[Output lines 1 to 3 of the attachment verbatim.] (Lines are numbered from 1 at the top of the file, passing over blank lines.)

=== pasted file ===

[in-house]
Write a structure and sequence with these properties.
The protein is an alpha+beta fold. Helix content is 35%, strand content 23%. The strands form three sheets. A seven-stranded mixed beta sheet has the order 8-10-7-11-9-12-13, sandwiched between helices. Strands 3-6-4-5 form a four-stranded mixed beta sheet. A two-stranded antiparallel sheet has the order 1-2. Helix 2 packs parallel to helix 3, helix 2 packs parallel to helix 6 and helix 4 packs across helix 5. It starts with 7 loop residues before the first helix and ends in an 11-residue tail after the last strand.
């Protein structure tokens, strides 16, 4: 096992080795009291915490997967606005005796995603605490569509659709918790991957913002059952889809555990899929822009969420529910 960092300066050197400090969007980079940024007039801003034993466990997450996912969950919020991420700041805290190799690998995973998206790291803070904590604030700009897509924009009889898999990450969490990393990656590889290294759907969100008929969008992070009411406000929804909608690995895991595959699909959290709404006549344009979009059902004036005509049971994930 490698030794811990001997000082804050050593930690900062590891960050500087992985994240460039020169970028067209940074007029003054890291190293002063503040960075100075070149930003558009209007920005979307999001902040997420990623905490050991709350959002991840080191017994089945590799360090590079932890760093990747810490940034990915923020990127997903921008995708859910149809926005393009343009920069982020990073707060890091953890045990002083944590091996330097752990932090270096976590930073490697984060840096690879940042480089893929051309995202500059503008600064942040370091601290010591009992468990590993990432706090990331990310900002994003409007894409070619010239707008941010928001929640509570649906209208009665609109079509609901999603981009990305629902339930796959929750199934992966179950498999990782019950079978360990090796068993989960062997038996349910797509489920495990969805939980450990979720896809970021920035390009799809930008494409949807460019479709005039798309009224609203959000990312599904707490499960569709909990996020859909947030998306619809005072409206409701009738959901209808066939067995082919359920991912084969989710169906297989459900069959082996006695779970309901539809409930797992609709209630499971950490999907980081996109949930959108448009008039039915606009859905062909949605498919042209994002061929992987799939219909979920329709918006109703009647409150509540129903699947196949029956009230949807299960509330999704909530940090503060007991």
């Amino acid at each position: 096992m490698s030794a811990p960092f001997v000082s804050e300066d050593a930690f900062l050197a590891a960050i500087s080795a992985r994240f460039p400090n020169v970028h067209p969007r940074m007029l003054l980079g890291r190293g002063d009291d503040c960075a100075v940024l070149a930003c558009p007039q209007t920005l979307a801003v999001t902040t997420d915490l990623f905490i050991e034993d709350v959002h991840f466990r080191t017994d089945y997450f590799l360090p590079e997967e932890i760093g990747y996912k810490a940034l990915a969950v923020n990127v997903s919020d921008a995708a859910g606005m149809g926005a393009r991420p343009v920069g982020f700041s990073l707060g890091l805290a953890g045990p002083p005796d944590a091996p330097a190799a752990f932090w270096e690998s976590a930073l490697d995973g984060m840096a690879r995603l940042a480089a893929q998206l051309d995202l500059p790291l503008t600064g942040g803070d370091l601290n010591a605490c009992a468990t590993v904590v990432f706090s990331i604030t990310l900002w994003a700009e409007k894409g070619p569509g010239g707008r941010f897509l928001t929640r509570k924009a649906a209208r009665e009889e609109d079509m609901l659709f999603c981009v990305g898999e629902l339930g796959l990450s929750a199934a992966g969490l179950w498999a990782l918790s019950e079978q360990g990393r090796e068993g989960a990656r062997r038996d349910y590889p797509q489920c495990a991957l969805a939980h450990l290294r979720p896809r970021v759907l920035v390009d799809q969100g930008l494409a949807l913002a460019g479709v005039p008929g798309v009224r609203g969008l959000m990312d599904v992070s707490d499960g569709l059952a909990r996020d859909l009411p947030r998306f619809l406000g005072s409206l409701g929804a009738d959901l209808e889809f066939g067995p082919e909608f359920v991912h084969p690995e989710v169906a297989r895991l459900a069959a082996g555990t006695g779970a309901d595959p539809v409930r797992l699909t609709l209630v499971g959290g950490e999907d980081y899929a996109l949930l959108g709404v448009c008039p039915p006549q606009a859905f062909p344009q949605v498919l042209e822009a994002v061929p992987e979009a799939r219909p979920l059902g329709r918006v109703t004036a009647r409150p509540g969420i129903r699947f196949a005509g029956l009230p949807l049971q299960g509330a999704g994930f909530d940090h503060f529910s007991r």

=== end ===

[in-house]
Write a structure and sequence with these properties.
The protein is an alpha+beta fold. Helix content is 35%, strand content 23%. The strands form three sheets. A seven-stranded mixed beta sheet has the order 8-10-7-11-9-12-13, sandwiched between helices. Strands 3-6-4-5 form a four-stranded mixed beta sheet. A two-stranded antiparallel sheet has the order 1-2. Helix 2 packs parallel to helix 3, helix 2 packs parallel to helix 6 and helix 4 packs across helix 5. It starts with 7 loop residues before the first helix and ends in an 11-residue tail after the last strand.